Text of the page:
ST. PETERSBURG — A prolonged economic slump and three fatal shootings of police officers made for a difficult year for Mayor Bill Foster, but support among city residents remained steady, according to a St. Petersburg Times/Bay News 9 poll.
In his second year, Foster received positive ratings from 38 percent of residents, who said he was doing either an excellent or good job. That's nearly the same as the 39 percent he scored in 2010. Those who say he's doing average climbed from 25 percent to 35 percent, so the percentage of residents rating his performance either average or better was 72 percent, up 8 points from last year.
Still, his negative numbers doubled while the number of residents who are unsure of his performance dropped.
His support came after a year in which Foster, 48, was beset with several problems beyond his control, including a down economy that continued to strangle the city's budget, prompting him to slash nearly 60 full-time and part-time positions, raise parking meter rates — they've doubled to a $1 an hour since he took office — and cut back on library and city pool hours.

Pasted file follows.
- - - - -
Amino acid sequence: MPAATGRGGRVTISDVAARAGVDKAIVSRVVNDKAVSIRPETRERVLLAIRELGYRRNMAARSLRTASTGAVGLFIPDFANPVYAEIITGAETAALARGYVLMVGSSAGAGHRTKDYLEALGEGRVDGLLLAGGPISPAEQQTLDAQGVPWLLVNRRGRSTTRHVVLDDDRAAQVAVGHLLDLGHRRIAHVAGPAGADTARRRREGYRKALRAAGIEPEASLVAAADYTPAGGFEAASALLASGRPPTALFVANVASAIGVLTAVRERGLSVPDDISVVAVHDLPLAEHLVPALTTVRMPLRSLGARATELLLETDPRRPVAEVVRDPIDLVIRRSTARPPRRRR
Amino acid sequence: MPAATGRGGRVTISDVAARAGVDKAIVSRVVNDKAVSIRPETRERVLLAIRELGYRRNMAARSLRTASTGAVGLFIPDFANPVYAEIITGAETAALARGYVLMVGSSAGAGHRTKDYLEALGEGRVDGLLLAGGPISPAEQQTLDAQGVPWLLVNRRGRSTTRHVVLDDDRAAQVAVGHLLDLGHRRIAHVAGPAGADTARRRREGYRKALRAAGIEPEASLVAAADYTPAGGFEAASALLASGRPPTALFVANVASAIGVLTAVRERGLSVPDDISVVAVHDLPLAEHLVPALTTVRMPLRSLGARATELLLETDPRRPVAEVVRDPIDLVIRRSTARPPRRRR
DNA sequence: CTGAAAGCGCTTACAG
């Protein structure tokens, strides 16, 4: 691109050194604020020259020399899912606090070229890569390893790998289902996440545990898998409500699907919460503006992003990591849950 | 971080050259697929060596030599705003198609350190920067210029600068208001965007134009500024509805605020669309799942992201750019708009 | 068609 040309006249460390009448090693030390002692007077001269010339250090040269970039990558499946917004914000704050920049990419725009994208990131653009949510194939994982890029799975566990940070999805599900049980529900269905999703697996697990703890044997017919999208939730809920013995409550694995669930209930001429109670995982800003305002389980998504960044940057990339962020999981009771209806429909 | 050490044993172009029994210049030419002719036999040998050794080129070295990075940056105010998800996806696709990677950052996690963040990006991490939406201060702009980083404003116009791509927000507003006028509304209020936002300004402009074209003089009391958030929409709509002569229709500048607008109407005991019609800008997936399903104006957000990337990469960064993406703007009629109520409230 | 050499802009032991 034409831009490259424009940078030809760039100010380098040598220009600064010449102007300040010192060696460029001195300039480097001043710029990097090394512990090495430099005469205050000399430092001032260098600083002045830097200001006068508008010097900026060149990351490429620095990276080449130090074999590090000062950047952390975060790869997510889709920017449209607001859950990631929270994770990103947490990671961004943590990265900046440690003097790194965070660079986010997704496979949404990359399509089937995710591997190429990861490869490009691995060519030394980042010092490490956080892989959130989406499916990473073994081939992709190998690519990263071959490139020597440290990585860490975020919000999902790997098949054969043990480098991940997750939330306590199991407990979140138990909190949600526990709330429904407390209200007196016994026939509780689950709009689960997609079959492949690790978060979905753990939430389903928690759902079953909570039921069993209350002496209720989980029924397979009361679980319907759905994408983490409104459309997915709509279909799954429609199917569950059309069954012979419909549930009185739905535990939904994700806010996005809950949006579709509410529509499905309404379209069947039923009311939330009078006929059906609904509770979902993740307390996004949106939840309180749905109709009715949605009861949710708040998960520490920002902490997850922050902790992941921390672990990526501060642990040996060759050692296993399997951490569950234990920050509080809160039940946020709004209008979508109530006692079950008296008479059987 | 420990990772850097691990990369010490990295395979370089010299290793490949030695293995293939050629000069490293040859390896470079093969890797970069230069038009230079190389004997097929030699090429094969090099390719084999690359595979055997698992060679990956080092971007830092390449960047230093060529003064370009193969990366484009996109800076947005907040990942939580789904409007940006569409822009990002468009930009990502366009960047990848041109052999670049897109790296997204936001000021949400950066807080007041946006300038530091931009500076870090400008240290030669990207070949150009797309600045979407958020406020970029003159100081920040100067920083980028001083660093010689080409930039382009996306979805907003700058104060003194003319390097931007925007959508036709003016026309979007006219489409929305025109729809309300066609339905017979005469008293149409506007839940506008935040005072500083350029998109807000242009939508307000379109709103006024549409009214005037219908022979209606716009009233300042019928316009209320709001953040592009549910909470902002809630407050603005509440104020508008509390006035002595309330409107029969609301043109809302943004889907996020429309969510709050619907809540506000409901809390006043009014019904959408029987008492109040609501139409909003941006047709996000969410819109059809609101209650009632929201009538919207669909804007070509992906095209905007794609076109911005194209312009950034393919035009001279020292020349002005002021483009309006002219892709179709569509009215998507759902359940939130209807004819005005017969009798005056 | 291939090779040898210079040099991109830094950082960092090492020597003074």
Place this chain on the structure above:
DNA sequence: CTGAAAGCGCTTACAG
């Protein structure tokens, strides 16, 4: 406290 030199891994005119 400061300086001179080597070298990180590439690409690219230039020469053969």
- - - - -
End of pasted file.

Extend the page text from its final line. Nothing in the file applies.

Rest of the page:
But it was the Jan. 24 fatal shootings of Sgt. Thomas Baitinger and Officer Jeffrey Yaslowitz, followed a month later by the killing of Officer David S. Crawford, that posed the biggest challenge in Foster's second year.
"I will be happy to see 2011 in the rearview mirror," Foster said. "The year started out so horrifically that it took a lot of time to recover."
Amid the bad news, many residents gave Foster the benefit of the doubt.
"Foster has been doing what he can," said Jesse Jackson, 63, who lives near Coquina Key. "It's just been a tough time."
Many residents were most impressed with Foster's handling of the police shootings.
"He handled the tragedy well," said Barry Marshall, 65, who lives near Snell Isle. "He did a lot to keep this city unified."
Negative views of Foster grew as more people made up their minds about him. Residents who said they were unsure about the mayor fell drastically, from 25 percent in 2010 to 8 percent this year. Meanwhile, those who rated Foster's performance as poor or "not so good" nearly doubled, from 11 percent to 20 percent.